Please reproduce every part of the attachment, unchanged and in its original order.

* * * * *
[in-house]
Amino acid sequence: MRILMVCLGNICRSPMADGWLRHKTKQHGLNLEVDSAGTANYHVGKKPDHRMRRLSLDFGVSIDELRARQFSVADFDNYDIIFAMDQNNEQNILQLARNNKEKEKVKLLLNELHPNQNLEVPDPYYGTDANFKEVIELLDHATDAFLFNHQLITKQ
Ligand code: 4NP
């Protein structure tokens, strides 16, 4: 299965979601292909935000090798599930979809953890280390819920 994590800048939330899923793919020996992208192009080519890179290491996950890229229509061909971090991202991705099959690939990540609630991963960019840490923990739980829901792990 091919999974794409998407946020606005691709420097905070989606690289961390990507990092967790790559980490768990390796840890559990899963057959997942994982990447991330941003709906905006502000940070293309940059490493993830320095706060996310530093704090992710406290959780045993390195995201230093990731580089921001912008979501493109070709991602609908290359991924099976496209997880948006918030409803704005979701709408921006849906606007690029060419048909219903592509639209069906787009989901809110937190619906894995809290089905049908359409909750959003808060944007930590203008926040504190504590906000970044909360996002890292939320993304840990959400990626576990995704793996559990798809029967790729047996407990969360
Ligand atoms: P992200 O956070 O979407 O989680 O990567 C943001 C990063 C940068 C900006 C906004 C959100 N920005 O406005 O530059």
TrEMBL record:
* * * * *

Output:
[in-house]
Amino acid sequence: MRILMVCLGNICRSPMADGWLRHKTKQHGLNLEVDSAGTANYHVGKKPDHRMRRLSLDFGVSIDELRARQFSVADFDNYDIIFAMDQNNEQNILQLARNNKEKEKVKLLLNELHPNQNLEVPDPYYGTDANFKEVIELLDHATDAFLFNHQLITKQ
Ligand code: 4NP
């Protein structure tokens, strides 16, 4: 299965979601292909935000090798599930979809953890280390819920 994590800048939330899923793919020996992208192009080519890179290491996950890229229509061909971090991202991705099959690939990540609630991963960019840490923990739980829901792990 091919999974794409998407946020606005691709420097905070989606690289961390990507990092967790790559980490768990390796840890559990899963057959997942994982990447991330941003709906905006502000940070293309940059490493993830320095706060996310530093704090992710406290959780045993390195995201230093990731580089921001912008979501493109070709991602609908290359991924099976496209997880948006918030409803704005979701709408921006849906606007690029060419048909219903592509639209069906787009989901809110937190619906894995809290089905049908359409909750959003808060944007930590203008926040504190504590906000970044909360996002890292939320993304840990959400990626576990995704793996559990798809029967790729047996407990969360
Ligand atoms: P992200 O956070 O979407 O989680 O990567 C943001 C990063 C940068 C900006 C906004 C959100 N920005 O406005 O530059």
TrEMBL record: